Past Produce

A San Francisco import that has nothing to do with the seasons

Considering New York's clinging embrace of the produce plot, you might think the Bay Area has had no other pertinent culinary contribution than the farm-to-table movement.

But try the Joe's Special ($10) on the new lunch menu at the Harrison and you'll witness the limitations of New York's appropriation of northern California-style vegetable worship.

When Jimmy Bradley launched lunch at his Tribeca fixture last month, he knew he wanted to feature an egg preparation. So he turned to Joe's Special, having sampled the Bay Area staple on a trip to the West Coast.

The dish is deliriously simple: Eggs are scrambled with mushrooms, spinach and ground beef. At the Harrison, the eggs are silky, the mushrooms are cremini, the spinach is broadleaf and the ground beef is the same Pat LaFrieda mixture used for the restaurant's hamburger.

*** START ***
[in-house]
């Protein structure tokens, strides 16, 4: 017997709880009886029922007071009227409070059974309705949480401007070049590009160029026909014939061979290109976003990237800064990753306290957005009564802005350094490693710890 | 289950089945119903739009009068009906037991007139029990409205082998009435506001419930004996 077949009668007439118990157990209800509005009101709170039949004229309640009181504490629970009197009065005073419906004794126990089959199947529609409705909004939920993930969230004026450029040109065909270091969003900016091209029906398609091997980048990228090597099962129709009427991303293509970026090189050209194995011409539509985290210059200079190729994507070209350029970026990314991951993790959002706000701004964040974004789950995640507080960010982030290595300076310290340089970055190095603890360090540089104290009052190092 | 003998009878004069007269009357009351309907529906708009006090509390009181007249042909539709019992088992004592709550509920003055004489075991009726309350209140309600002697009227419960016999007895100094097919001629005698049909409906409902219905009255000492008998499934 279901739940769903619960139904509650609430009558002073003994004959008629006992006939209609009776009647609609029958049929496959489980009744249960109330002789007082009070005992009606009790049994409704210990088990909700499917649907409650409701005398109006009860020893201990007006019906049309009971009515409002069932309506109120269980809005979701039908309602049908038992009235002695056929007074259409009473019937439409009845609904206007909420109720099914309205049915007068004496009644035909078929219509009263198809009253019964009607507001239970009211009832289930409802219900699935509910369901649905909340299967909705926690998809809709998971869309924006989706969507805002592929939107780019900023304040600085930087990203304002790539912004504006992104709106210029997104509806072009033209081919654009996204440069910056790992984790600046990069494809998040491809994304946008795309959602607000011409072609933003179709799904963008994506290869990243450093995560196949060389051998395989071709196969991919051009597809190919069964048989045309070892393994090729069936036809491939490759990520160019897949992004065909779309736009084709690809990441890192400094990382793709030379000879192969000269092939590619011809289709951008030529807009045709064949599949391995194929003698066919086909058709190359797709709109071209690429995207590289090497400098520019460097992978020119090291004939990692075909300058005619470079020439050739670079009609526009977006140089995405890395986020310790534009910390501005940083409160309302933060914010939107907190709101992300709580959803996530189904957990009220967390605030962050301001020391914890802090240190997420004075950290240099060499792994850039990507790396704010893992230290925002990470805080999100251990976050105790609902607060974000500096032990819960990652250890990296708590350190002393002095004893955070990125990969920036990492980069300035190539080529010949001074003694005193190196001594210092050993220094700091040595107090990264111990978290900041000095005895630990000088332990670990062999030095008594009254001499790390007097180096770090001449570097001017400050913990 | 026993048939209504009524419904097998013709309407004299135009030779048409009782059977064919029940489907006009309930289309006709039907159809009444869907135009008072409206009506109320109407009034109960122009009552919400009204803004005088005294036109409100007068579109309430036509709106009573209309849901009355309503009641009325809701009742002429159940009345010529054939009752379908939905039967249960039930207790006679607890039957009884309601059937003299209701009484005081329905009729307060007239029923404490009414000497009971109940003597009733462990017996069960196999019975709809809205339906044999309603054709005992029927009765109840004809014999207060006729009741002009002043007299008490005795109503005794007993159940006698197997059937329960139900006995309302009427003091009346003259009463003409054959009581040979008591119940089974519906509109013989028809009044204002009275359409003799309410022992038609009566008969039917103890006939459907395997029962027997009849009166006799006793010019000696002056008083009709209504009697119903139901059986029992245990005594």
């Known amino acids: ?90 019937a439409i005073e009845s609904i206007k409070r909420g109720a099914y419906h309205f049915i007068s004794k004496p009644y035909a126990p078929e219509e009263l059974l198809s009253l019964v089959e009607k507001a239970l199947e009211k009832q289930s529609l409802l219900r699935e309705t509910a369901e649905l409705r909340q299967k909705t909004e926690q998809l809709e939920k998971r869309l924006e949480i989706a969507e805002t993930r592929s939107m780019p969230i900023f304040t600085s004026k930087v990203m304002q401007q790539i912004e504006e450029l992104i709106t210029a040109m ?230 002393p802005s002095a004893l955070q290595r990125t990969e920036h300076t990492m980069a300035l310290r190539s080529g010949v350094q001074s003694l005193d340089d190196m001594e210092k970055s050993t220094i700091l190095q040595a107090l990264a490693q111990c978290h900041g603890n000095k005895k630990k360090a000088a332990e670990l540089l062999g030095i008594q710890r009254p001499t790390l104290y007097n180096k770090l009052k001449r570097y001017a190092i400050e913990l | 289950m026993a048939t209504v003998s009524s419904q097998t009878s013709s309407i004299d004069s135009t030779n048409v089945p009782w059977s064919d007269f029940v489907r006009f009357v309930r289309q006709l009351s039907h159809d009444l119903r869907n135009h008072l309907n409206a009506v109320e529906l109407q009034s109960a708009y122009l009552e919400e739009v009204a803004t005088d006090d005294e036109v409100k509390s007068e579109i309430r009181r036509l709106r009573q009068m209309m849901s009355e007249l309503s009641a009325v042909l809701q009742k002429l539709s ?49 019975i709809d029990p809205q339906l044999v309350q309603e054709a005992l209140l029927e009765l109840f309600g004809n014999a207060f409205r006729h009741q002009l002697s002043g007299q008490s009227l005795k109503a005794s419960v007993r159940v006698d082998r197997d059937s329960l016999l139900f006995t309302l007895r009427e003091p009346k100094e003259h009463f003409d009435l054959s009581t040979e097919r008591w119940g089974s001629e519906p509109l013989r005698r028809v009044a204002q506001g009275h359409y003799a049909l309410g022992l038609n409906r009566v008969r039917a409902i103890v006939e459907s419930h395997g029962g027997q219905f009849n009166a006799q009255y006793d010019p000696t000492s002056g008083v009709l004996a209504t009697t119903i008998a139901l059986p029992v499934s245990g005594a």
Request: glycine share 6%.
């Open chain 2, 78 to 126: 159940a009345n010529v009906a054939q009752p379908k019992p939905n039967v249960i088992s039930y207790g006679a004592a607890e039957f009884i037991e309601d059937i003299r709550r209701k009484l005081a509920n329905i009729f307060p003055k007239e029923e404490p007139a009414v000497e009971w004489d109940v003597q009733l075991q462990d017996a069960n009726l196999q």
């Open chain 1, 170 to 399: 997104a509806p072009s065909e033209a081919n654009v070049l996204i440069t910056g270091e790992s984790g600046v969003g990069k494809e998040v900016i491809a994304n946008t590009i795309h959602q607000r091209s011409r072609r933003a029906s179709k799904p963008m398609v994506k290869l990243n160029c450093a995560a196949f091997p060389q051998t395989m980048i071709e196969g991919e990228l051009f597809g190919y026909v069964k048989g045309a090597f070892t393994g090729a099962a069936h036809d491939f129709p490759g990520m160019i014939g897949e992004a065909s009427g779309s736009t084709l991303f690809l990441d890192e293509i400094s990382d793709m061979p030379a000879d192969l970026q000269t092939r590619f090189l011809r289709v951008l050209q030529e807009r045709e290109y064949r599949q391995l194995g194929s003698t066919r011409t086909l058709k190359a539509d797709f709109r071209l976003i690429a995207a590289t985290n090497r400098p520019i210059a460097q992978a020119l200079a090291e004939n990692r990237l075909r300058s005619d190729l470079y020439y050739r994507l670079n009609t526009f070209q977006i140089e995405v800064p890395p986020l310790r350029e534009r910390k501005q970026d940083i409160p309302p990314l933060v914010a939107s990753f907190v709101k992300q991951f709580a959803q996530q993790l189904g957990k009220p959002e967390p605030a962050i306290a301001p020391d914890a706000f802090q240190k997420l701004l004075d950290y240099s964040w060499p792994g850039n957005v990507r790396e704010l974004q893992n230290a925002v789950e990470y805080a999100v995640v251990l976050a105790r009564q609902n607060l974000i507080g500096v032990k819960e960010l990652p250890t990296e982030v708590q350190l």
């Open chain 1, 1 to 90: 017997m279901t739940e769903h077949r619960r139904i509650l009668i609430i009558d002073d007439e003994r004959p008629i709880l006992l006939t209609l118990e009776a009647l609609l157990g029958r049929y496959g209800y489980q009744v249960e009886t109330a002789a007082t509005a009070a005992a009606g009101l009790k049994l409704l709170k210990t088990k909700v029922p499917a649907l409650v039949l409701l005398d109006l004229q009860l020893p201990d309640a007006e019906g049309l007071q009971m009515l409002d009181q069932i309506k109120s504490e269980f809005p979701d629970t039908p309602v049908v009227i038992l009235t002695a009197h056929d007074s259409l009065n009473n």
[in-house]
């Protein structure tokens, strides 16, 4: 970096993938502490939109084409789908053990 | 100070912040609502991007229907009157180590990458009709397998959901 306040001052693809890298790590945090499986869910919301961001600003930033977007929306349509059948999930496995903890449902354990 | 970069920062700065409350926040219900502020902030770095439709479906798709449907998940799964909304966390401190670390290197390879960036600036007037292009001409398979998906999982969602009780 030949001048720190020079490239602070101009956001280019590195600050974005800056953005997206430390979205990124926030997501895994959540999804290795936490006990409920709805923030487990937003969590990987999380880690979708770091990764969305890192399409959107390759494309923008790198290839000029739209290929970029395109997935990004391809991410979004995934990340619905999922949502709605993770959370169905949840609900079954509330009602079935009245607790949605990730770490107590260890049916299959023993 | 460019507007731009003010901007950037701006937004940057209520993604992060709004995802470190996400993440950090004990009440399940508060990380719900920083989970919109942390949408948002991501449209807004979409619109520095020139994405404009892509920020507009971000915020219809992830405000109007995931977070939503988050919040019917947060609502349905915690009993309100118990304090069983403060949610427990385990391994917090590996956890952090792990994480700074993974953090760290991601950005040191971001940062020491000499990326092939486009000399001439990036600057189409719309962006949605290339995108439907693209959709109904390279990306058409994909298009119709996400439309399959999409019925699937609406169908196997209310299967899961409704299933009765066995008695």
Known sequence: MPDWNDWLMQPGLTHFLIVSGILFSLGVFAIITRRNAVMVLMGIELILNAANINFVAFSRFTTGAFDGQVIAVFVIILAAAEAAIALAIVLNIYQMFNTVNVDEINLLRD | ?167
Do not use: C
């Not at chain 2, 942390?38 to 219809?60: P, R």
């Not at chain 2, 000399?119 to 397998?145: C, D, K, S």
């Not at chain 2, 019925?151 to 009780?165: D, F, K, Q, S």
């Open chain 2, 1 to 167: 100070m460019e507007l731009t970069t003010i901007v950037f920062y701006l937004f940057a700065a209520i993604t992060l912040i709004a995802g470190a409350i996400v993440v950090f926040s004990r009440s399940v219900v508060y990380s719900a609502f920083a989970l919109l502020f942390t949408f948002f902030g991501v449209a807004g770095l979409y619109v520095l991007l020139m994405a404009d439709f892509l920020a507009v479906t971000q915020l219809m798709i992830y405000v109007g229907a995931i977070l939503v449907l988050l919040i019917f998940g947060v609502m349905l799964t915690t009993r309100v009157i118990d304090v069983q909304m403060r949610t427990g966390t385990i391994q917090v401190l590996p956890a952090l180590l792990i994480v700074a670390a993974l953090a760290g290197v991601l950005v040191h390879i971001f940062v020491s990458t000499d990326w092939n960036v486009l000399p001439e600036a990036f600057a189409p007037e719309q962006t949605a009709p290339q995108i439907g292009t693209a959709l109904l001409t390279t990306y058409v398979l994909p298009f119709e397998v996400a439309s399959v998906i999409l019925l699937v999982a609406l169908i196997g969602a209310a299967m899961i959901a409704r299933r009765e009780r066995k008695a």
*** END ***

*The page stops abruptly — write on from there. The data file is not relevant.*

Ducking the hype surrounding LaFrieda beef, Bradley says, "No need to talk about that."

The rest of the Harrison's lunch menu is similarly disenthralled with trends: A liverwurst sandwich ($12) jolted with pickled peppadew peppers; chicken-liver dip ($7) rendered gossamer light with crème fraîche; radishes ($6) wallowing in a zippy anchovy sauce.

Lunch at the Harrison is new; its dishes, like the Joe's Special, transcend the moment.

The Harrison, 355 Greenwich St. (at Harrison St.); 212-274-9310 or theharrison.com